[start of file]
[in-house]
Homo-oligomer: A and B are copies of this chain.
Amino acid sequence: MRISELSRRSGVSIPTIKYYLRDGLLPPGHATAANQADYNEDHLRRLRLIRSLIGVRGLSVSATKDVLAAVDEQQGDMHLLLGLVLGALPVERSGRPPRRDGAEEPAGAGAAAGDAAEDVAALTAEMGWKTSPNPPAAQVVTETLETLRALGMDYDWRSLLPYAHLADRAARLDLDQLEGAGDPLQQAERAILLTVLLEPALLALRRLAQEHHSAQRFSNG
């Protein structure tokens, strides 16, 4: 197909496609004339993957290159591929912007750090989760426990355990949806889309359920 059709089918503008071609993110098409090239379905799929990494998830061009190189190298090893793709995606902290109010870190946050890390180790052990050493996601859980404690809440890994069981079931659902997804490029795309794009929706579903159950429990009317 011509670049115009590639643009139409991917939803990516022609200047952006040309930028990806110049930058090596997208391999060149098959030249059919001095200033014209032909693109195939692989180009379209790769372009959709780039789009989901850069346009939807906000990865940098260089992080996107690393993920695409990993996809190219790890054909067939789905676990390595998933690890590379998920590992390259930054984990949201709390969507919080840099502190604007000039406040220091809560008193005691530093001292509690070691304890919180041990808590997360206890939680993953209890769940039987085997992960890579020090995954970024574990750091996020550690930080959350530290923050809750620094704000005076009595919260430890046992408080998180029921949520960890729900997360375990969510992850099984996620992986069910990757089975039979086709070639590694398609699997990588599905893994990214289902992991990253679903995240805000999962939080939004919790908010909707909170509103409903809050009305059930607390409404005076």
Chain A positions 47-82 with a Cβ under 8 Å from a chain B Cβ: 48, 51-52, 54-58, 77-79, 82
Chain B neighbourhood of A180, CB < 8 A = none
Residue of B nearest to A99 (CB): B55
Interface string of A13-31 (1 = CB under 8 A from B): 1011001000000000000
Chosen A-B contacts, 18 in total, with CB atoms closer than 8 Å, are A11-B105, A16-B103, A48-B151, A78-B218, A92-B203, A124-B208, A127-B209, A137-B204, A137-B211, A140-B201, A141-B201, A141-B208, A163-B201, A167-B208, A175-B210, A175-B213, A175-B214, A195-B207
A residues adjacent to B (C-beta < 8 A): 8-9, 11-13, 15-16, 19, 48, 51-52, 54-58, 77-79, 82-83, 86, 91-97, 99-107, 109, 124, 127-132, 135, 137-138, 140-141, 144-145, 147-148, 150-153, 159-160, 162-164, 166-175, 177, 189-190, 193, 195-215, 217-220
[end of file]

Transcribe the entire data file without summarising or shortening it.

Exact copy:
[in-house]
Homo-oligomer: A and B are copies of this chain.
Amino acid sequence: MRISELSRRSGVSIPTIKYYLRDGLLPPGHATAANQADYNEDHLRRLRLIRSLIGVRGLSVSATKDVLAAVDEQQGDMHLLLGLVLGALPVERSGRPPRRDGAEEPAGAGAAAGDAAEDVAALTAEMGWKTSPNPPAAQVVTETLETLRALGMDYDWRSLLPYAHLADRAARLDLDQLEGAGDPLQQAERAILLTVLLEPALLALRRLAQEHHSAQRFSNG
């Protein structure tokens, strides 16, 4: 197909496609004339993957290159591929912007750090989760426990355990949806889309359920 059709089918503008071609993110098409090239379905799929990494998830061009190189190298090893793709995606902290109010870190946050890390180790052990050493996601859980404690809440890994069981079931659902997804490029795309794009929706579903159950429990009317 011509670049115009590639643009139409991917939803990516022609200047952006040309930028990806110049930058090596997208391999060149098959030249059919001095200033014209032909693109195939692989180009379209790769372009959709780039789009989901850069346009939807906000990865940098260089992080996107690393993920695409990993996809190219790890054909067939789905676990390595998933690890590379998920590992390259930054984990949201709390969507919080840099502190604007000039406040220091809560008193005691530093001292509690070691304890919180041990808590997360206890939680993953209890769940039987085997992960890579020090995954970024574990750091996020550690930080959350530290923050809750620094704000005076009595919260430890046992408080998180029921949520960890729900997360375990969510992850099984996620992986069910990757089975039979086709070639590694398609699997990588599905893994990214289902992991990253679903995240805000999962939080939004919790908010909707909170509103409903809050009305059930607390409404005076």
Chain A positions 47-82 with a Cβ under 8 Å from a chain B Cβ: 48, 51-52, 54-58, 77-79, 82
Chain B neighbourhood of A180, CB < 8 A = none
Residue of B nearest to A99 (CB): B55
Interface string of A13-31 (1 = CB under 8 A from B): 1011001000000000000
Chosen A-B contacts, 18 in total, with CB atoms closer than 8 Å, are A11-B105, A16-B103, A48-B151, A78-B218, A92-B203, A124-B208, A127-B209, A137-B204, A137-B211, A140-B201, A141-B201, A141-B208, A163-B201, A167-B208, A175-B210, A175-B213, A175-B214, A195-B207
A residues adjacent to B (C-beta < 8 A): 8-9, 11-13, 15-16, 19, 48, 51-52, 54-58, 77-79, 82-83, 86, 91-97, 99-107, 109, 124, 127-132, 135, 137-138, 140-141, 144-145, 147-148, 150-153, 159-160, 162-164, 166-175, 177, 189-190, 193, 195-215, 217-220